REYKJAVIK (Reuters) - Iceland laid out plans on Monday to directly or indirectly tax creditors that want to take assets out of the country from banks that collapsed in 2008, the first step in lifting capital controls and rejoining the international financial community.
The government proposed a 39 percent tax that creditors would have to pay if they did not come up with “stability” conditions they all agreed to by the end of this year. These terms are in effect a form of contribution by the creditors to state coffers.
The island nation of 330,000 is emerging from hardship following its 2008 financial meltdown, which also infuriated some European countries, who were left on the hook for billions of dollars.
The majority of the state’s own debt stemming from the crisis has either been repaid or will be soon. Monday’s proposals deal with creditors of banks and with investors in other Icelandic assets who have had their capital frozen by the controls.
“It is clear we cannot wait any longer,” Prime Minister Sigmundur Gunnlaugsson said speaking through a translator at a news conference. “I believe that we are laying foundations for better living conditions, less debt, less leverage and ... better conditions for growth.”
The government has had to strike a balance between returning the country to international financial norms and ensuring that once capital controls are lifted money does not flow out of the country so fast the currency crashes and the economy suffers.
The finance ministry said the measures were about protecting Iceland’s balance of payments rather than extracting money from creditors, who are by and large hedge funds that bought into the debt after the collapse of three key banks.
It said the measures related to 1,200 billion Icelandic crowns worth of capital: 900 billion of assets of the failed banks and foreign-denominated claims against Icelandic entities and 300 billion of foreign investment in Icelandic instruments.
The 1,200 billion crowns amounts to about $9 billion, according to a central bank rate, although it is hard to determine a true value with so little foreign-exchange trading taking place.
Signs that creditors would not attack the proposals, despite essentially taking a large haircut on recovered debt, appeared after the largest ones put forward their own proposals for a settlement, published on the Finance Ministry home page.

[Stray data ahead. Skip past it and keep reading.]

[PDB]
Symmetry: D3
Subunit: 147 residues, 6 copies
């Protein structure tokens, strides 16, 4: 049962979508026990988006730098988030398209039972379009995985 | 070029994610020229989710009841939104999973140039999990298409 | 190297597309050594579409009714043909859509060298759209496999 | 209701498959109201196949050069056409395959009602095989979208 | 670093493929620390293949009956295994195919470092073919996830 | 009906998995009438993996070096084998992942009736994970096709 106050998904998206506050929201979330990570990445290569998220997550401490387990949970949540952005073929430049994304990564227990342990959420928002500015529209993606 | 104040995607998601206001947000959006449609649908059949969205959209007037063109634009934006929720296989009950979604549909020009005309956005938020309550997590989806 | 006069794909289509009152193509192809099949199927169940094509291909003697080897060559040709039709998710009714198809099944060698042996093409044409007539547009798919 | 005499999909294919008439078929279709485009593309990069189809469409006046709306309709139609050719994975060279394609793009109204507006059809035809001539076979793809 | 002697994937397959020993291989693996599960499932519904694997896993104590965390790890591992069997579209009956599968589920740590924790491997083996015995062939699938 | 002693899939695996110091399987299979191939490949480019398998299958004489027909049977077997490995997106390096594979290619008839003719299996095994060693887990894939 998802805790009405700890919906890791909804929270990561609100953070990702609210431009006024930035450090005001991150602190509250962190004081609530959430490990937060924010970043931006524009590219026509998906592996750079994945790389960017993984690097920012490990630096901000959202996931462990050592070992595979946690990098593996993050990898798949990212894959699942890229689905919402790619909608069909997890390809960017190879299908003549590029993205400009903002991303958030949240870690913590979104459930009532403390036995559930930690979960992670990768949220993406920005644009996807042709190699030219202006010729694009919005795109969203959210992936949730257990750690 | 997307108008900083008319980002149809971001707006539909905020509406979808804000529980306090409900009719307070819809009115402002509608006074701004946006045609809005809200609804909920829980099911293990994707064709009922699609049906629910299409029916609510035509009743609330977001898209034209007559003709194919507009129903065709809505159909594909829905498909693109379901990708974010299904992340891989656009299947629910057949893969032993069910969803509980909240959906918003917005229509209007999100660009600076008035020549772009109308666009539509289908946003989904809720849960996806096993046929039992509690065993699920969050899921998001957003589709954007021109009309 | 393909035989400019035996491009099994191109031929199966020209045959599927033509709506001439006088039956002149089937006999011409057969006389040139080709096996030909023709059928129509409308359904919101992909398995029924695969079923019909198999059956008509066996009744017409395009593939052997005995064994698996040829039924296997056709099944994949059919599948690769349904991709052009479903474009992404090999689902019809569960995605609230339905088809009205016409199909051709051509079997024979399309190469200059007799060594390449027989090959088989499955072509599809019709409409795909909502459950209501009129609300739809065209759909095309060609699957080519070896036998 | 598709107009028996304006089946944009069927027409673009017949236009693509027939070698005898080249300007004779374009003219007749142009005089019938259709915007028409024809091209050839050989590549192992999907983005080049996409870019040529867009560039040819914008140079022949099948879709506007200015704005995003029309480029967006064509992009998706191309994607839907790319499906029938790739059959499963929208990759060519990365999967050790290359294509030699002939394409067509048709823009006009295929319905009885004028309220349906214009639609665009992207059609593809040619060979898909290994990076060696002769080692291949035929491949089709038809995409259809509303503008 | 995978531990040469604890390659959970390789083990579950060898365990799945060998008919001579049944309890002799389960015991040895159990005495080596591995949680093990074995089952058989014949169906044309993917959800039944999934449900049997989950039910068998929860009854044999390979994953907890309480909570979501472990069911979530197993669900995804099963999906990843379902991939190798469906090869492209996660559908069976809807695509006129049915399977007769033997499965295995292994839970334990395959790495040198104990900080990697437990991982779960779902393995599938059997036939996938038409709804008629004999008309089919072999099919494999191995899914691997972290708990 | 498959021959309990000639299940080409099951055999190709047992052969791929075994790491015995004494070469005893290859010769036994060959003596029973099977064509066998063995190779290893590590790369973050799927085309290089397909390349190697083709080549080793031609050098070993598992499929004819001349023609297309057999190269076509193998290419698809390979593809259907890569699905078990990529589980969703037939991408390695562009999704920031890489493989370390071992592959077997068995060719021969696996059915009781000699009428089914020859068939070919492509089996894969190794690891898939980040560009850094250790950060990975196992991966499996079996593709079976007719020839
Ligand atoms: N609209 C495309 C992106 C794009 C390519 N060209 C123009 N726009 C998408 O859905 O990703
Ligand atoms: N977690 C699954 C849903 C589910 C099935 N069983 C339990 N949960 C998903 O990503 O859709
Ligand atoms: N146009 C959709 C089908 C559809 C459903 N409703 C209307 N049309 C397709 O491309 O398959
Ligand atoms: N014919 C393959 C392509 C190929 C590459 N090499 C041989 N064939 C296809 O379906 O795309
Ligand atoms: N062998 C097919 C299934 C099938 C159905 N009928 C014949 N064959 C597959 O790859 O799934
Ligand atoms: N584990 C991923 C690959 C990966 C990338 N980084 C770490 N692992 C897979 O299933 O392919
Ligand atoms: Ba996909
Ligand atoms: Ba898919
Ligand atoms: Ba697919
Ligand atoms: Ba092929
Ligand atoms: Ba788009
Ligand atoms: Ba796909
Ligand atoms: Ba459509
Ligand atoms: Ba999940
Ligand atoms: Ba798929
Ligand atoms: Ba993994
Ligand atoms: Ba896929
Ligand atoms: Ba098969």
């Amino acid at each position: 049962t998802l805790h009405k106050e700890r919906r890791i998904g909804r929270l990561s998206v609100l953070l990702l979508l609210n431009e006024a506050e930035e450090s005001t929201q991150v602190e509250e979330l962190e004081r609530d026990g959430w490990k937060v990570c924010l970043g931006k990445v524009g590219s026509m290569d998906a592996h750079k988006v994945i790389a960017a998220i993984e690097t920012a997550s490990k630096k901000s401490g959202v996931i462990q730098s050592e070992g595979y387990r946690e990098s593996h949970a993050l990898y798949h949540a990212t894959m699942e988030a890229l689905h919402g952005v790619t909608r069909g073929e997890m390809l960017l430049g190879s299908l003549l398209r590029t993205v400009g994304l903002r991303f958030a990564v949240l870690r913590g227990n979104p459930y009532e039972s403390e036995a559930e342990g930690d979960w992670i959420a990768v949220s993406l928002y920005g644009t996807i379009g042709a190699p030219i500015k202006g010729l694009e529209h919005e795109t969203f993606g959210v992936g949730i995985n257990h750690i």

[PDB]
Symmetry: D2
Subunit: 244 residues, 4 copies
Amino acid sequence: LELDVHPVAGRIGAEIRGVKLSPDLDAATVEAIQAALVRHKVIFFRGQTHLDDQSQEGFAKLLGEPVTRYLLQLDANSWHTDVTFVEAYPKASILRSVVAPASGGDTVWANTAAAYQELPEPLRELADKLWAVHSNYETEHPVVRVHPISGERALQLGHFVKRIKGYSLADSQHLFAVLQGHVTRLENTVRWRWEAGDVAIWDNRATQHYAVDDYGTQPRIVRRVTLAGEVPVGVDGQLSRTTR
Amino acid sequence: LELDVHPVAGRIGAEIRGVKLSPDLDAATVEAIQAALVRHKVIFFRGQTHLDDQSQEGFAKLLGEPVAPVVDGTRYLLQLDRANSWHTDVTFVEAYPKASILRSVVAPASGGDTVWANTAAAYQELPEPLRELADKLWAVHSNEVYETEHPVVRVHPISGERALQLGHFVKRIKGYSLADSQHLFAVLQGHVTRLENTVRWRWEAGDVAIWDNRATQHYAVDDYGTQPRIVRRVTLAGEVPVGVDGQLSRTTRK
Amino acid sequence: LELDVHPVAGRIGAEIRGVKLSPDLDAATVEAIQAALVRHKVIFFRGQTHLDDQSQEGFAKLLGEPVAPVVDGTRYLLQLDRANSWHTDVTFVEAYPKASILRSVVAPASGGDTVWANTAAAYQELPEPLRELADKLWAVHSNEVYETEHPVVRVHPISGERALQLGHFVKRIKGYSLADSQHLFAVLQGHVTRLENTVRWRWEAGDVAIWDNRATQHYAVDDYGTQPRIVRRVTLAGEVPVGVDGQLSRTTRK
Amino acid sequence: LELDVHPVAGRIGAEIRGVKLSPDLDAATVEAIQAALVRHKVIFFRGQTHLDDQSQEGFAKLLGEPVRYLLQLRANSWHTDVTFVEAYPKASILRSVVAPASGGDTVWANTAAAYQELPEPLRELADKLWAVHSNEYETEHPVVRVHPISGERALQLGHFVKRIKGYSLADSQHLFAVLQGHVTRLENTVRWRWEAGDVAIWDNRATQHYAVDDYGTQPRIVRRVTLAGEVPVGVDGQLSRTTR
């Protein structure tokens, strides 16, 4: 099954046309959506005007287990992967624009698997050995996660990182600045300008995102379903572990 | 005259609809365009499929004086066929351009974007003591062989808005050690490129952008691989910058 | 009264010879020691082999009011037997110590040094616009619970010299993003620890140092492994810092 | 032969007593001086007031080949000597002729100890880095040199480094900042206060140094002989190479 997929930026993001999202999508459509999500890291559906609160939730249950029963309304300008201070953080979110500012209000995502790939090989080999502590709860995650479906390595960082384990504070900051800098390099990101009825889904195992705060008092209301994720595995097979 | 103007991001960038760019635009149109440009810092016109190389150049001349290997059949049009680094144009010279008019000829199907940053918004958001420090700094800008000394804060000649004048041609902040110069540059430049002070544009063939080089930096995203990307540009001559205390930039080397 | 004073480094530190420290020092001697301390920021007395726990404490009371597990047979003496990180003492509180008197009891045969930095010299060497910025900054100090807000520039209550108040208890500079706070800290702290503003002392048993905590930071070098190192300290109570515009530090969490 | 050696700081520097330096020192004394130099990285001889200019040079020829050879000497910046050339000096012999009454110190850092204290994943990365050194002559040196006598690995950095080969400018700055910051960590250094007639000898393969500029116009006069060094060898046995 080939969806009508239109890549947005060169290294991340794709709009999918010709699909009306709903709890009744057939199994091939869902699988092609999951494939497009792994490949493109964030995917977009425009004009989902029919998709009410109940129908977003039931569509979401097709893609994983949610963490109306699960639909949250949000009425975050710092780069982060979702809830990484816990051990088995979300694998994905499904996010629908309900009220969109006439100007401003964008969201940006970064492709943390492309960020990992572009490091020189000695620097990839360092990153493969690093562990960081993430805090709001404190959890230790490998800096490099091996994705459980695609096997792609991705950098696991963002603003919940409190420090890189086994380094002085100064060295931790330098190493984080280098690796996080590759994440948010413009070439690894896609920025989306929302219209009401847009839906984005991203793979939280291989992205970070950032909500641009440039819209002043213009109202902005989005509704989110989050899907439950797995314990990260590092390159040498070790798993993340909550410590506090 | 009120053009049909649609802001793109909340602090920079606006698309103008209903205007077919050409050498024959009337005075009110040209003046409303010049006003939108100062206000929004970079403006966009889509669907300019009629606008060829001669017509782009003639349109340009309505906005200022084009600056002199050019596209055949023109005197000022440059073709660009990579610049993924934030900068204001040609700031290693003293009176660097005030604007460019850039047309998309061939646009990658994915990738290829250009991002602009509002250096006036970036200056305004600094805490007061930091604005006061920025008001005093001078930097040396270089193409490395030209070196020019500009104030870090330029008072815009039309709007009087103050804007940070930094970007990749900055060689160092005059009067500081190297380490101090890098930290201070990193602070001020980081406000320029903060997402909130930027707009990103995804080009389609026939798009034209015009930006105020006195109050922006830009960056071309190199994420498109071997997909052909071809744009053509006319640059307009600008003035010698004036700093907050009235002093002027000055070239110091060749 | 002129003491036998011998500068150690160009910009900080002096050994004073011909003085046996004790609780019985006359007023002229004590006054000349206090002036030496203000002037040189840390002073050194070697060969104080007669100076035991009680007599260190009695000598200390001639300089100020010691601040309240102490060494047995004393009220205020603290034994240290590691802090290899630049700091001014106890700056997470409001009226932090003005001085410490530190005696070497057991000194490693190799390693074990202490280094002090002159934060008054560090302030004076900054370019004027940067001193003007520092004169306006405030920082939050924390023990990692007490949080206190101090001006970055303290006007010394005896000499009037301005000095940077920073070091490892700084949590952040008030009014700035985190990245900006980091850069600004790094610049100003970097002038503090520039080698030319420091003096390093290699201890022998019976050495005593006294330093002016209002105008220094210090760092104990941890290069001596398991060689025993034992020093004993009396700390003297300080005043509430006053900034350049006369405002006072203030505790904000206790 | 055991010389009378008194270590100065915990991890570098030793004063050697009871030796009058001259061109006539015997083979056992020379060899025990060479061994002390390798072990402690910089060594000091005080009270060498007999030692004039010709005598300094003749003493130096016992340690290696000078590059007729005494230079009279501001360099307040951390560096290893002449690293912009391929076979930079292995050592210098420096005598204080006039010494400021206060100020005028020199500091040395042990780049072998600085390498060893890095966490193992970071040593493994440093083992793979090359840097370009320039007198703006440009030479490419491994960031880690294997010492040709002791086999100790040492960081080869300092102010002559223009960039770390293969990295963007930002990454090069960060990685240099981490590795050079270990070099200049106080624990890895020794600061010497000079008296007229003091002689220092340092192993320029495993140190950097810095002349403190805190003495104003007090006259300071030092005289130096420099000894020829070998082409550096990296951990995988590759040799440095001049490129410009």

Those include packages of crown-denominated promissory notes, debt issuance and purchasing of financing from the central bank, amongst other conditions. The packages would have to be accepted by a majority of other, smaller creditors and then be formalised by the Icelandic authorities.
“The stability conditions solve the problem in roughly the same magnitude as the stability tax, but using a different methodology and approach,” the finance ministry said in a statement.
Steinunn Gudbjartsdottir, chairman of the winding up board of one of the failed banks, Glitnir, would not comment on whether a settlement would be cheaper than paying tax but she said the board will now seek the opinions of other creditors.
“We will start the work immediately, but the process takes some time since there are laws on this kind of a process. The law sets a timeframe for the notice of a meeting and such but we do expect to be able to see this through in four to six months,” she told Reuters.
The government said other investors in Icelandic assets such as government bonds could also get their money out of the country by selling crowns to the central bank. Alternatively, they could reinvest their capital in newer government debt that would be convertible out of crowns at maturity.
Writing by Sabina Zawadzki and Simon Johnson; Editing by Niklas Pollard and Catherine Evans, Larry King